Summary of Changes:

    • ISO 9001:2000 Base Remains Unchanged
    • 30% of Adders Remain Unchanged
    • 30% of Adders have Minor Changes
    • 40% of Adders have Major Changes or are New

    These requirements designed to:

    • Ensure intended results instead of specifying methods of doing
    • Emphasize design process quality measurements
    • Add required testing (regression, document verification, stress, abnormal condition, and system), and
    • Broaden the scope of certain requirements, e.g., from software only to common or, hardware and software

    A companion document is the TL 9000 Measurements Handbook (Release 3.5). It is a comprehensive guide to measurements processing, usage, responsibilities, and requirements. This book defines the minimum set of performance measurements to assess progress and evaluate results of quality management system implementation. It identifies performance measurements that are key in the telecom industry:

    • Common Measurements
    • Outage Measurements
    • Hardware Measurements
    • Software Measurements
    • Service Quality Measurements


    There is a net gain of 9 adders for a total of 90 adders.

    New Baldrige Criteria Published

    The 2007 Baldrige criteria for performance excellence in education and health care, and in business and nonprofit organizations, were recently published on the Baldrige National Quality Program.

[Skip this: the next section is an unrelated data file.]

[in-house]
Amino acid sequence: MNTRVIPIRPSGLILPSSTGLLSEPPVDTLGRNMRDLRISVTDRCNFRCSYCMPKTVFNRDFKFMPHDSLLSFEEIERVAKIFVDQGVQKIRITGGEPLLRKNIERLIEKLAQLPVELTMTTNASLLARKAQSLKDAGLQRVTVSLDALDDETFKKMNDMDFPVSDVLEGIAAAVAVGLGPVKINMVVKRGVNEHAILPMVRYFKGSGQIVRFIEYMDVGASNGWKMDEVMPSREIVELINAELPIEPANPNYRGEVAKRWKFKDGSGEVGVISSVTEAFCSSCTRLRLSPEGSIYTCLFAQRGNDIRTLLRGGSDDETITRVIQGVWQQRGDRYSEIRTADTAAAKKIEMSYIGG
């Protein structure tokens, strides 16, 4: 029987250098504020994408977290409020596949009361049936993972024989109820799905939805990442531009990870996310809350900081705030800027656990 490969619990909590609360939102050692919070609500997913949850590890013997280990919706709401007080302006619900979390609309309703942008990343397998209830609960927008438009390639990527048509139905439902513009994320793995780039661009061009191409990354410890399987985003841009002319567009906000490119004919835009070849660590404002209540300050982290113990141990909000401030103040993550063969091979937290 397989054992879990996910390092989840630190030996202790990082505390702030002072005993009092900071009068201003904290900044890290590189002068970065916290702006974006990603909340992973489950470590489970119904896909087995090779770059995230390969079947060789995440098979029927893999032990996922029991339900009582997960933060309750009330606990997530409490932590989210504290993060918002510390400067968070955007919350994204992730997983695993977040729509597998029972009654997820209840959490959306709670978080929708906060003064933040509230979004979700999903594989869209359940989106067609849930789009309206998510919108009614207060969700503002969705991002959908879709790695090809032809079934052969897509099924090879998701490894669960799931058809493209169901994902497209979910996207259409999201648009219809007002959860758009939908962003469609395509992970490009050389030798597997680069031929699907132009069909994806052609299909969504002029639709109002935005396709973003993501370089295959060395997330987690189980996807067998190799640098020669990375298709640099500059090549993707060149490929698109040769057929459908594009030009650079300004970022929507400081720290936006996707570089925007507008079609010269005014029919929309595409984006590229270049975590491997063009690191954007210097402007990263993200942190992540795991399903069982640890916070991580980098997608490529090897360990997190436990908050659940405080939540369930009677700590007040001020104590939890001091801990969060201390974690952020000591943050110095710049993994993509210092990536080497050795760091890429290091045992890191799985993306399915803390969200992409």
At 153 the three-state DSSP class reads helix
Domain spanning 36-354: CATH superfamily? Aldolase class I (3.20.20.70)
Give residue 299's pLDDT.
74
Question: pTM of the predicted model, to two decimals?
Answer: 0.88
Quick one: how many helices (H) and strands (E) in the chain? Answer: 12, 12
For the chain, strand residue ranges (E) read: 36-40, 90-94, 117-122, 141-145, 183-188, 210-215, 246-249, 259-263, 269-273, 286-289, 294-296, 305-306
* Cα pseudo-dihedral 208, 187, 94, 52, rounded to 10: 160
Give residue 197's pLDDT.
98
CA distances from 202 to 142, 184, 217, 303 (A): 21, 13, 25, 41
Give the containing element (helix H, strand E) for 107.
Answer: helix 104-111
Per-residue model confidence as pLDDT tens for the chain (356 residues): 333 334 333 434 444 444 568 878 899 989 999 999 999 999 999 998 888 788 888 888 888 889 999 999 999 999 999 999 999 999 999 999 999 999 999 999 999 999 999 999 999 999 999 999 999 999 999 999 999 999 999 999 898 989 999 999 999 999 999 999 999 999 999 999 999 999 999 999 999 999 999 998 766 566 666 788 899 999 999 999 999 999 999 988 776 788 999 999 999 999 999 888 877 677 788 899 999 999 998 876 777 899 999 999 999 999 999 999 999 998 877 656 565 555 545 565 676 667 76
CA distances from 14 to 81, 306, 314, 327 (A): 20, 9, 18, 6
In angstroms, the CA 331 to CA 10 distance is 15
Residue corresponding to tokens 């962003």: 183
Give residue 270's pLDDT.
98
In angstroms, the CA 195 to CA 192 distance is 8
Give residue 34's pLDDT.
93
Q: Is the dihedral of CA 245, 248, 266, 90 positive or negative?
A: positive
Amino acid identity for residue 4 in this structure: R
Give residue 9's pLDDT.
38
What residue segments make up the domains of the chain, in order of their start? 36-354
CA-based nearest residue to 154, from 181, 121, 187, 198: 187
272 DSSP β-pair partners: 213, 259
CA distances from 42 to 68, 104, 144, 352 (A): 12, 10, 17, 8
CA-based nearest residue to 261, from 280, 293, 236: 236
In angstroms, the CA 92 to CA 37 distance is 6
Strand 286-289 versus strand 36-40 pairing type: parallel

The Baldrige criteria help companies understand performance management from a systems perspective. They use validated, leading-edge management practices against which an organization can measure itself.

    The Baldrige criteria speak a common language for communication among organizations for sharing best practices and are accepted internationally as the model for performance excellence. In addition, the Baldrige National Quality Program offers a worksheet for self-analysis that can be used to identify an organization’s strengths and opportunities for improvement, as well as to establish action plans and goals.

    There are three versions of the criteria available:

    1. Criteria for Performance Excellence
    2. Education Criteria for Performance Excellence
    3. Health Care Criteria for Performance Excellence

    Training Courses and Schedule

    We are pleased to inform you that our 2007 courses are now posted on our website.

    To see the course description, schedule, and on-line registration click on the course title below. Courses are awarded CEUs

    All courses can be delivered at your company. Don’t see a course, location, or date that fits your needs?